A GIANT Asymptomatic Pheochromocytoma
Presentation Number: SAT 394
Date of Presentation: April 1st, 2017
Sravanthi Madala*1 and Ricardo Rafael Correa2
1Warren Alpert Medical School of Brown University, East Providence, RI, 2Brown University, Warren, RI
Background: While incidental pheochromocytomas (pheo) can be asymptomatic, active catecholamine-secreting pheos can be devastating when symptoms such as tachycardia, paroxysmal hypertension, sweating and headaches are present. A complete lack of symptoms in the setting of a giant pheo with extremely high catecholamine levels is unusual, especially in post-biopsy setting.
Case: A 41 year old African-American male with past history of polycythemia vera, hyperlipidemia and CAD was incidentally found to have a palpable non-tender left-sided abdominal mass in setting of normotension by his hematologist during a routine follow up visit. A CT abdomen/pelvis revealed a left retroperitoneal 14.8 x 12.0 x 17.0 cm mixed cystic and solid mass of uncertain origin with calcific focus, displacing the surrounding organs. An FNA biopsy was done without complication, which showed neuroendocrine tumor consistent with pheo/paraganglioma with atypical features. Biopsy sample stained positive for chromogranin A, synaptophysin, CD56, GATA3 and focal positivity for S100. There was no increase in mitotic activity or necrosis and Ki-67 proliferation index was <5%. At this point, the patient was referred to endocrinology and endocrine surgery services. Home medications included carvedilol 3.125mg BID and Lisinopril 2.5mg daily for cardioprotection in setting of CAD. The patient denied ever having hypertension, dizzy spells, sweating, palpitations, headaches, chest pain, fainting, or vertigo. No family history of pheo/para. Biochemical work up revealed 24-hour urine: metanephrines 2410 (52-341 mcg/24hr), normetanephrines 3670 (88-444 mcg/24hr), norepinephrine 38 (15-80 mcg/24hr), epinephrine 25 (0-20 mcg/24hr) and dopamine 7874 (65-400 mcg/24hr); plasma: metanephrine 750 (<57 pg/mL), normetanephrines 3519 (<148 pg/mL), norepinephrine 751 (0-600 pg/mL), epinephrine 86 (0-90 pg/mL), and dopamine <20 (0-35 pg/mL). He was started on phenoxybenzamine for blockage and underwent adrenalectomy without complications. Pathology revealed a 20 cm pheochromocytoma without extension into surrounding soft tissue or lymph node involvement.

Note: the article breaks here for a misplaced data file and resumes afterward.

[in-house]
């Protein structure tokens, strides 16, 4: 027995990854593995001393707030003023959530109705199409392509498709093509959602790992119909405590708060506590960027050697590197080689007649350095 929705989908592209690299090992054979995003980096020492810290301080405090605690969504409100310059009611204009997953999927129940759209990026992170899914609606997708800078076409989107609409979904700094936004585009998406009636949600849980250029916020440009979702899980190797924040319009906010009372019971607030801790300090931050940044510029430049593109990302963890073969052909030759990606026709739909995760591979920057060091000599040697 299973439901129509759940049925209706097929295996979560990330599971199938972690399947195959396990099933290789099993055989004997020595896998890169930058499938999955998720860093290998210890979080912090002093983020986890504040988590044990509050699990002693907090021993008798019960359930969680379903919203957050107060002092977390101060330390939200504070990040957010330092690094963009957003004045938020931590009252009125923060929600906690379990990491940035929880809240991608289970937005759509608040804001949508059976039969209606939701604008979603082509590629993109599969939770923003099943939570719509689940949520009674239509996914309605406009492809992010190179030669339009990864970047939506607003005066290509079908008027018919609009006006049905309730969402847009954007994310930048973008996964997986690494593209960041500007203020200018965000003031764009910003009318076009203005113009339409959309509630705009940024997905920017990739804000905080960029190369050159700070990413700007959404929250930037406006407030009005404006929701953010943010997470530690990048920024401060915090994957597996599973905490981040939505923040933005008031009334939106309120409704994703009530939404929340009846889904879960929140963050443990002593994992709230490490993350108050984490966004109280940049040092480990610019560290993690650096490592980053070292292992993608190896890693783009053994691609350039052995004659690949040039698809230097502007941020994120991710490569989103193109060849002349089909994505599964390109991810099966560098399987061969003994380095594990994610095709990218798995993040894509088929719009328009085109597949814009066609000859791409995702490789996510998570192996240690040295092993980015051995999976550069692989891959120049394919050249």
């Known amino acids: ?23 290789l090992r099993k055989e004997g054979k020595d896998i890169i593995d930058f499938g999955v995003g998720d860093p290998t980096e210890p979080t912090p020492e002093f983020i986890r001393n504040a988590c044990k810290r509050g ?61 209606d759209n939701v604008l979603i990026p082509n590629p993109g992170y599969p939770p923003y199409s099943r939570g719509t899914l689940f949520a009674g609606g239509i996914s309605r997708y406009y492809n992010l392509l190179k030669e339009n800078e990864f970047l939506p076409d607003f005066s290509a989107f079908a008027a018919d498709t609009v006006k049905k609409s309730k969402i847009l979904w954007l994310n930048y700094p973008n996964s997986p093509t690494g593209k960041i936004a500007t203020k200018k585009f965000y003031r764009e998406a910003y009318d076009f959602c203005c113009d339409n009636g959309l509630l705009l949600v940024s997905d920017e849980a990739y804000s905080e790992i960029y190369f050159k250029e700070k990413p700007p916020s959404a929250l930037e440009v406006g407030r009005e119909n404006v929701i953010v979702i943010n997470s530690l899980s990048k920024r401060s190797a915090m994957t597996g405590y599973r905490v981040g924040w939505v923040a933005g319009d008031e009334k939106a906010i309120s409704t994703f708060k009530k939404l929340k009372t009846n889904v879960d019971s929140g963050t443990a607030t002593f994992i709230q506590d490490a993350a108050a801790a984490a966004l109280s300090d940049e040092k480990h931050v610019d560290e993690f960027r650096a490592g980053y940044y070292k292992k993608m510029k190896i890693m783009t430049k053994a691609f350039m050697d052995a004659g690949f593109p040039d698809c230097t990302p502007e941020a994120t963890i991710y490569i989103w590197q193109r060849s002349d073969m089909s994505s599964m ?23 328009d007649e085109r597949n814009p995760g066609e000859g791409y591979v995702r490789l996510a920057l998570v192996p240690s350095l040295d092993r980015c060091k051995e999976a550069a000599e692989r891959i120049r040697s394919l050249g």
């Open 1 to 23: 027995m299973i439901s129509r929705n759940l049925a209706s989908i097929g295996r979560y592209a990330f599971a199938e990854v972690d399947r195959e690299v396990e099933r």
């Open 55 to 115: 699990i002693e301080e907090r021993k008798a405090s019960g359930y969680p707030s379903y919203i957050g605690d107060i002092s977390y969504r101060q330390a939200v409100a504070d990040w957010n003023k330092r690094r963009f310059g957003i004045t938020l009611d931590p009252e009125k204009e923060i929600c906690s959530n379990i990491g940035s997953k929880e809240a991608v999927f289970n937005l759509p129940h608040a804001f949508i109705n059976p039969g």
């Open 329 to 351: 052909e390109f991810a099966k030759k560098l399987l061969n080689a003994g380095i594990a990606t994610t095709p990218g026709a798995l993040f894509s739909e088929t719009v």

Conclusion: This case illustrates the rare presentation of a giant asymptomatic hormone-secreting pheo. While large pheochromocytomas can be asymptomatic, they are usually known to have lower secretory function. There is very little literature on any pheos greater than 20 cm with elevated hormone levels that are asymptomatic. Interestingly, this patient did not go into catecholamine storm while on beta blocker therapy without simultaneous alpha blockade or while the mass was manipulated during initial biopsy, prior to its classification as a pheo. The extremely large size of the tumor, degree of metabolic activity and absence of end organ damage or metastatic disease, as seen in this patient, may be attributable to biochemically inactive hormone production.
Nothing to Disclose: SM, RRC